When challenged to come up with a way to inspire more people to bike for transportation in addition to recreation, three three "former non-bikers" from New York City proposed a campaign to focus on mutual respect between drivers and bikers. The team, calling itself "!ola," was one of four competitors in a contest sponsored by Yoxi, a new site dedicated to social innovation. In its debut competition, Yoxi (pronounced yo-see) posed this question:
How can we make our cities more welcoming to bikers? How can we encourage more people to ride a bike when they can?
The solution could come in many forms: a product, program, device, game, movement, or competition. It could involve new business models and bike sharing; new bike design that's safer and more comfortable or government-funded workshops to teach people better biking. Whatever it is, it's got to be smart and have mass appeal.
The competition featured four teams, each of which entered a series of videos presenting their views on the challenges of urban biking, as well as a final "pitch" for a concrete idea to face those challenges. !ola, made up of Ozge Kirimlioglu, Liesje Hodgson, and Angela Chen, was one of four teams competing in the better biking challenge, proposed a "campaign for better biking" that would focus on the ideas of mutual respect between bikers and drivers, improved visibility, and resourcefulness (designing clothes to make bike commuting more practical).
!ola's plans included a jacket with openings to cool your armpits while biking, dressing up a bike as a car to draw attention to the presence of bicyclists in urban settings, and sticking a big pink arrow on the back of a bike to make it more visible. The team writes:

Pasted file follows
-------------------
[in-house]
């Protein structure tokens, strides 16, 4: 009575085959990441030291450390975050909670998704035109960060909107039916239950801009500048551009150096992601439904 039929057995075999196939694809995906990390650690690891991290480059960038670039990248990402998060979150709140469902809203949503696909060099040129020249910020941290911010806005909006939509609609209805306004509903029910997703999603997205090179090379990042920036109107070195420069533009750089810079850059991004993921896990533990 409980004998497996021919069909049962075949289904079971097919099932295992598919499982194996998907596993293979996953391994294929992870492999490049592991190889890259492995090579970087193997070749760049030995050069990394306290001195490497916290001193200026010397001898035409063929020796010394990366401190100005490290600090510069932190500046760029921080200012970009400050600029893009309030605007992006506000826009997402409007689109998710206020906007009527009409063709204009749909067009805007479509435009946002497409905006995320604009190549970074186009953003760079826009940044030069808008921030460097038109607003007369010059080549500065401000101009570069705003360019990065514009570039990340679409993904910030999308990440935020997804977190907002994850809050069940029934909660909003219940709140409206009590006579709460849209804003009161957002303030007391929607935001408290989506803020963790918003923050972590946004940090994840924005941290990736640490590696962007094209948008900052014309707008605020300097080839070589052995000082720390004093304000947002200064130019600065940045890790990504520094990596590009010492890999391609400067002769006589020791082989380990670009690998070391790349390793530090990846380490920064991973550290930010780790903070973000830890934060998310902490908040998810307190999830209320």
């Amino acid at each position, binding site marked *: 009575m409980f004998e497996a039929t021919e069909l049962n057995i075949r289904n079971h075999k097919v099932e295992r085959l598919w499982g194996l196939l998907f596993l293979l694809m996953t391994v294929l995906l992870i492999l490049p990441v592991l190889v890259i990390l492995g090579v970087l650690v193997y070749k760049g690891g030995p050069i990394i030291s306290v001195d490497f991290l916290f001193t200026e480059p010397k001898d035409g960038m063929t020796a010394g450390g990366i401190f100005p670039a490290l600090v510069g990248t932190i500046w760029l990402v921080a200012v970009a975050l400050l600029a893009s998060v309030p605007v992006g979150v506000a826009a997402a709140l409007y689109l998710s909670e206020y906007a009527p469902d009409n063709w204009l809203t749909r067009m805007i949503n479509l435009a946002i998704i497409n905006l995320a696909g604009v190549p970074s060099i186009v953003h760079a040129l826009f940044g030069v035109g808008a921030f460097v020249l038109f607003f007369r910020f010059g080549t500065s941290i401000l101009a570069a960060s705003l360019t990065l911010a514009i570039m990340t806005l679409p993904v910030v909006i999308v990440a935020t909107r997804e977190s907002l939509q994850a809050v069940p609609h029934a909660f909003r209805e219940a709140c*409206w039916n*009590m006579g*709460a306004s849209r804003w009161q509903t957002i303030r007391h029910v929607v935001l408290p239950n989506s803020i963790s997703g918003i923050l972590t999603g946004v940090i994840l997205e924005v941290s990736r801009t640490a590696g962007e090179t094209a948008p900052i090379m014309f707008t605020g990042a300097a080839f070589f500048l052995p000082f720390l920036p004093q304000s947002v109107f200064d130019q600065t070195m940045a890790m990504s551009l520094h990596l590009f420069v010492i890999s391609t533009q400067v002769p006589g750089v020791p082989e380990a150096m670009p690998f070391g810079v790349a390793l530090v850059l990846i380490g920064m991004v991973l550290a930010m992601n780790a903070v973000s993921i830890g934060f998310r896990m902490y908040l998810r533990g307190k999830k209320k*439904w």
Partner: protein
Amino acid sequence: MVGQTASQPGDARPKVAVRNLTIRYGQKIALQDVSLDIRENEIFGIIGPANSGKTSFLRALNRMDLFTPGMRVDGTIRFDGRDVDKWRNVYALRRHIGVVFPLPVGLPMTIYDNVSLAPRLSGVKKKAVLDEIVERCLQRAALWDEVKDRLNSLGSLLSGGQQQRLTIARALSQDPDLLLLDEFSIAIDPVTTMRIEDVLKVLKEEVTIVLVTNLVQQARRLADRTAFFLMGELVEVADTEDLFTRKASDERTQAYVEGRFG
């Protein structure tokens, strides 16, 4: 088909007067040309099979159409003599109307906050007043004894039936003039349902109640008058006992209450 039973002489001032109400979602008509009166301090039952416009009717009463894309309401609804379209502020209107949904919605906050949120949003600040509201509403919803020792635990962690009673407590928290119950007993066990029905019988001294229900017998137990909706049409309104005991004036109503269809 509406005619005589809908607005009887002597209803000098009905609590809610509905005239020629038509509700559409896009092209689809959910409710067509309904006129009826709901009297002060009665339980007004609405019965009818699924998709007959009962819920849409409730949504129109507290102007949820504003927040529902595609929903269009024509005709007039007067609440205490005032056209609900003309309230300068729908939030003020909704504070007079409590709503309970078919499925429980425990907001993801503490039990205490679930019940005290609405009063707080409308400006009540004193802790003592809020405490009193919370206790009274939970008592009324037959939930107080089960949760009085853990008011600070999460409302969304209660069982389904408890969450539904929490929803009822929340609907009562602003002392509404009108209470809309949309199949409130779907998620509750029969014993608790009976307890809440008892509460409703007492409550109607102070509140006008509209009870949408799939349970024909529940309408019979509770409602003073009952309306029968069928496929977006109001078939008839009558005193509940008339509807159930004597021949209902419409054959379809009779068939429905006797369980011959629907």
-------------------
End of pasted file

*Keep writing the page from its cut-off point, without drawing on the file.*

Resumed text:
The simplest way to get people on bikes isn't through legislation, more bike lanes, or technology but a change in attitude. Team !ola proposes a multi-platform, character-driven campaign that highlights biking-related issues in unexpected ways. Standing in a bike lane? A glance at the nearby pink arrow poster will remind you to step out of the way. By shifting perspectives, we intend to foster safer, more enjoyable biking conditions and encourage you to hit the road on a regular basis.
Entries from the other teams included Zip It, a bike-share for NYC that would use Zipcar's existing infrastructure, Bike Pool, a faux-dating service for those looking for someone to ride and someone to ride, and the eventual winner: Bike Tab, a mobile application that hooks you up with other cyclists:
Urban Futurists, the team behind Bike Tab, received a $5,000 reward, which they chose to donate to Recycle-a-Biclycle. It's unclear whether or not they or the other teams will have the opportunity to turn their ideas into reality, but we can always hope. In the meantime, Yoxi is getting ready for a another social change competition, and is taking votes on what the challenge should be.